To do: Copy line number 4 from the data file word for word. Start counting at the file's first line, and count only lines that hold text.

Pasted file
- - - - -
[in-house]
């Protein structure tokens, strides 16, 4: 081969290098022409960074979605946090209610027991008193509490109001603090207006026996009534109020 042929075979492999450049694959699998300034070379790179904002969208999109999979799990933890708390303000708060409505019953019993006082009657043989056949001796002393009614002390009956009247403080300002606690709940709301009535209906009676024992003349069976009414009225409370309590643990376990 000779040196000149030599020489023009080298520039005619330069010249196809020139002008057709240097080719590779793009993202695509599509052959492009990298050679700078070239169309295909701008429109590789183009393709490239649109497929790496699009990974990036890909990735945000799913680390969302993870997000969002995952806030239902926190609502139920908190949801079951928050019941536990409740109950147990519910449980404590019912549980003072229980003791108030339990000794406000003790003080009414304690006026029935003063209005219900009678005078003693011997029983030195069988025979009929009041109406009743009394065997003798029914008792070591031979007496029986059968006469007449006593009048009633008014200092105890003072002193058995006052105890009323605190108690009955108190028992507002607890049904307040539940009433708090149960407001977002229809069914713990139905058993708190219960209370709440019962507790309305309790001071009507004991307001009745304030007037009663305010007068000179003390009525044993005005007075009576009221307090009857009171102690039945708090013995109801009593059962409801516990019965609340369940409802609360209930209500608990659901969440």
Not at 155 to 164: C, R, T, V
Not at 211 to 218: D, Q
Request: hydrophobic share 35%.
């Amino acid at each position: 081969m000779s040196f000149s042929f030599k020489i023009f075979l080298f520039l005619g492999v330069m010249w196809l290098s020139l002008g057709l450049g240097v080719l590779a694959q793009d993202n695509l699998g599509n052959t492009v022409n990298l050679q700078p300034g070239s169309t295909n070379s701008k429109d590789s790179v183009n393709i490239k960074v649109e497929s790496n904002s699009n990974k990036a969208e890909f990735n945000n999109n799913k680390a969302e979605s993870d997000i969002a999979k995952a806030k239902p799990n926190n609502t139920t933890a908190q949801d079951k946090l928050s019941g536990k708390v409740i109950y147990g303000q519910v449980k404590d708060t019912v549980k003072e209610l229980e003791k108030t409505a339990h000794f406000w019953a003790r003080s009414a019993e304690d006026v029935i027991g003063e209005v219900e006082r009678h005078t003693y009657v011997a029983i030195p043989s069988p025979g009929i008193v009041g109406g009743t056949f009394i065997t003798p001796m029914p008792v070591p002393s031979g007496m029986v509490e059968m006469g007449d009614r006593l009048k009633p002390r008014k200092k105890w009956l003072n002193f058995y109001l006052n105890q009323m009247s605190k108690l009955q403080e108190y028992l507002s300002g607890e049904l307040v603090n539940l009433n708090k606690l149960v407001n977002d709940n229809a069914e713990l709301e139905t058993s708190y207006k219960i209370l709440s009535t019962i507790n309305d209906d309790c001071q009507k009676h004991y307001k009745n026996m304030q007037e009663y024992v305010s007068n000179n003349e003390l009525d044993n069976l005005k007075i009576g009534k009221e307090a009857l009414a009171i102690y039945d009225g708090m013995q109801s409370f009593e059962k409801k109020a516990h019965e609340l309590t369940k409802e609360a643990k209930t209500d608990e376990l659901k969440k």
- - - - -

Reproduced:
Not at 211 to 218: D, Q